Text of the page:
The Thistle - An E-Newsletter of Scotch College, Perth, Western Australia

Julie Bishop and Naomi Flutter visit Scotch

Hon. Julie Bishop, former Foreign Minister and Deputy Leader of the Liberal Party and Naomi Flutter, Executive General Manager, Corporate Affairs of Wesfarmers are two remarkable women who have held significant leadership positions over their working life.

In an extraordinary opportunity, two of our Year 12 students, Reuben  Westerman and Sam Wolf, had the  honour  of meeting these women to learn about their journey after graduating secondary school and how early decisions laid a pathway to a career that perhaps neither of them envisaged at the age of 17.  

Ms Flutter represents the Australian National University (ANU) as the Pro-Chancellor and is an ANU Economics and Law alumna, and Ms Bishop recently became ANU's 13th Chancellor  and the first woman to hold this role. Together, these two women are a formidable force in ensuring Australia's leading university holds its own on a global stage. ANU has well-established exchange programmes with top-ranked universities in 39 countries, with many of their graduates earning postgraduate places at prestigious universities, such as Harvard or Massachusetts Institute of Technology (MIT). 

When discussing the important next steps following Year 12 graduation, both women relayed that choosing the right university and performing well in your chosen course is critical to future success. This is a very salient point when we consider that research indicates that, on average, Australian students travel further to secondary school then they do to university, suggesting that more of our students are choosing tertiary education based on convenience of location over best education. This, combined with the announcement from the federal government that studying a Humanities degree will now cost you just over $40,000, compared to "job relevant" degrees such as those in the field of Science, Technology, Engineering and Mathematics (STEM), which are half the price. As the global economy faces significant challenges, choosing the right pathway beyond secondary school seems to be more critical than ever. Understanding the universities that offer the best degrees for your chosen pathway, the support you will receive throughout your degree, and the opportunities for post-graduate studies should, at a minimum, be a significant consideration.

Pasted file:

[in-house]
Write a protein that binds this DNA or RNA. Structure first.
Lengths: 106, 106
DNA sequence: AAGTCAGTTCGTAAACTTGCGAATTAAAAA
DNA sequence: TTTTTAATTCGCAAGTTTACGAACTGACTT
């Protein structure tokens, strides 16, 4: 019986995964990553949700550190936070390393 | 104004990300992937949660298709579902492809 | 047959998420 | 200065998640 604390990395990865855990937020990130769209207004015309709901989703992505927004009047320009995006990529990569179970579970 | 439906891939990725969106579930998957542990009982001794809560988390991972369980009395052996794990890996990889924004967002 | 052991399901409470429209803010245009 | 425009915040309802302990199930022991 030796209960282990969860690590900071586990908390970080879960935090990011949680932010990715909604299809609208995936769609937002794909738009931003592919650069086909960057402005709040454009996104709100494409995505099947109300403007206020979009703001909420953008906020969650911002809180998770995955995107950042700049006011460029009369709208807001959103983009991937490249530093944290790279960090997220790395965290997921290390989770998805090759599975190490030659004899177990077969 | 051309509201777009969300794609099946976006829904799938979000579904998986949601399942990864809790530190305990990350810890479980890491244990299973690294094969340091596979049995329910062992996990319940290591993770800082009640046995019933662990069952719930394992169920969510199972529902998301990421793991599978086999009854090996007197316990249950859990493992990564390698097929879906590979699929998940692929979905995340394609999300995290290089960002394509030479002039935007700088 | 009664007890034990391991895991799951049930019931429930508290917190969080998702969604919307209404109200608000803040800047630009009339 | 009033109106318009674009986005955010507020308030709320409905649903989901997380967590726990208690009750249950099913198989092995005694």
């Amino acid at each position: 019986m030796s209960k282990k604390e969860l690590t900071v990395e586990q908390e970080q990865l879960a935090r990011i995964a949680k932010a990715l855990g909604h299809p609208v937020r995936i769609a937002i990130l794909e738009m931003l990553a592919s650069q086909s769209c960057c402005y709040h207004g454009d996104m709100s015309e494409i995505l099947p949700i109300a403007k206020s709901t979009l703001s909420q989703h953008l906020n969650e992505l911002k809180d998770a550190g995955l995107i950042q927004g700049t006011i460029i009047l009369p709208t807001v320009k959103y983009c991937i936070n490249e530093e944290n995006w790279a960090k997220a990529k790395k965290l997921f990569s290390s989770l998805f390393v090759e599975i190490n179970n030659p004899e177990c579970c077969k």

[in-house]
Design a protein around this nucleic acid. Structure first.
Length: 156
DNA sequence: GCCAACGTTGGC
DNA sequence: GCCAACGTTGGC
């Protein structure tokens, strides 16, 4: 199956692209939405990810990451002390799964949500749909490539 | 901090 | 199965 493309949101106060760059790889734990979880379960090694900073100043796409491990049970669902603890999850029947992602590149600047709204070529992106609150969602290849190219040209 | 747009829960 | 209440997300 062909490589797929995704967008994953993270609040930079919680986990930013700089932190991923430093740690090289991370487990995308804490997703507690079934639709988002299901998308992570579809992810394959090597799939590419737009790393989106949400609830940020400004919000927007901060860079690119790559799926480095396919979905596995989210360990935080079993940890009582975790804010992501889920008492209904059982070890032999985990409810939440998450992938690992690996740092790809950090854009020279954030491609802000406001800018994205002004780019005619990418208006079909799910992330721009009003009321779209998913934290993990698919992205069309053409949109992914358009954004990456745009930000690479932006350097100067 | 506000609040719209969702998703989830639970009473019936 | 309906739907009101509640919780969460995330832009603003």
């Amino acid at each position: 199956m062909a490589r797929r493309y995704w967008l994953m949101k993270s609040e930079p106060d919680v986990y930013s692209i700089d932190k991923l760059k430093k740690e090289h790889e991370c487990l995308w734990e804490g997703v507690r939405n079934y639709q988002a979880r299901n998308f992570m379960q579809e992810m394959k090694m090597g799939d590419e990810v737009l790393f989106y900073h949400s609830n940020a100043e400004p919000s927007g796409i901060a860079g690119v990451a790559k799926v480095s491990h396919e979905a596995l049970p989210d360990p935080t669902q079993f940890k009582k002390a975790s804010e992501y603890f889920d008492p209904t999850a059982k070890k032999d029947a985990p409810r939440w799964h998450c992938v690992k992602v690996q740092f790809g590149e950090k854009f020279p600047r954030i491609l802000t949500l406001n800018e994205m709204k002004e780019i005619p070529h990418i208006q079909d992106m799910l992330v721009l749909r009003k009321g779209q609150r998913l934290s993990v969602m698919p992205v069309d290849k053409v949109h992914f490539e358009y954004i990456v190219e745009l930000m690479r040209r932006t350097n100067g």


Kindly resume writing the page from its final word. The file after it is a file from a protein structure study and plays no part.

Ms Flutter said studying at ANU had been a transformative part of her life that expanded her horizons and redefined what she thought excellence to be, putting it on a global scale, rather than a more local one. Ms Bishop shared with the boys the vision for ANU in terms of teaching, research and societal change. ANU values equity and diversity and is committed to equal opportunity for all staff. For our Indigenous students, this commitment means the potential for high-performing students to receive scholarships covering much of their living expenses, tuition fees as well as three flights home a year, recognising  the importance of connection to family and land. In addition, these students are supported through ANU's  Tjabal  Indigenous Higher Education Centre. 

ANU is clearly a leading university and we are delighted that many of our students have taken the opportunity to pursue their studies there. 

At the moment , the following OSCs are studying at ANU:

  • Jack Banfield (OSC'19): Arts (International Relations) and Music (Composition)
  • Max Belcastro (OSC'19): Arts (International Relations)
  • Daniel Buchhorn (OSC'19): Politics, Philosophy and Economics, and Languages
  • William Smith-Gander (OSC'19): Actuarial Science
  • Felix Jones (OSC'18): Bachelor of Politics, Philosophy and Economics
  • James Naylor-Pratt (OSC'16): Mathematics
  • Rafe Harrison-Murray (OSC'18): Bachelor of Politics, Philosophy and Economics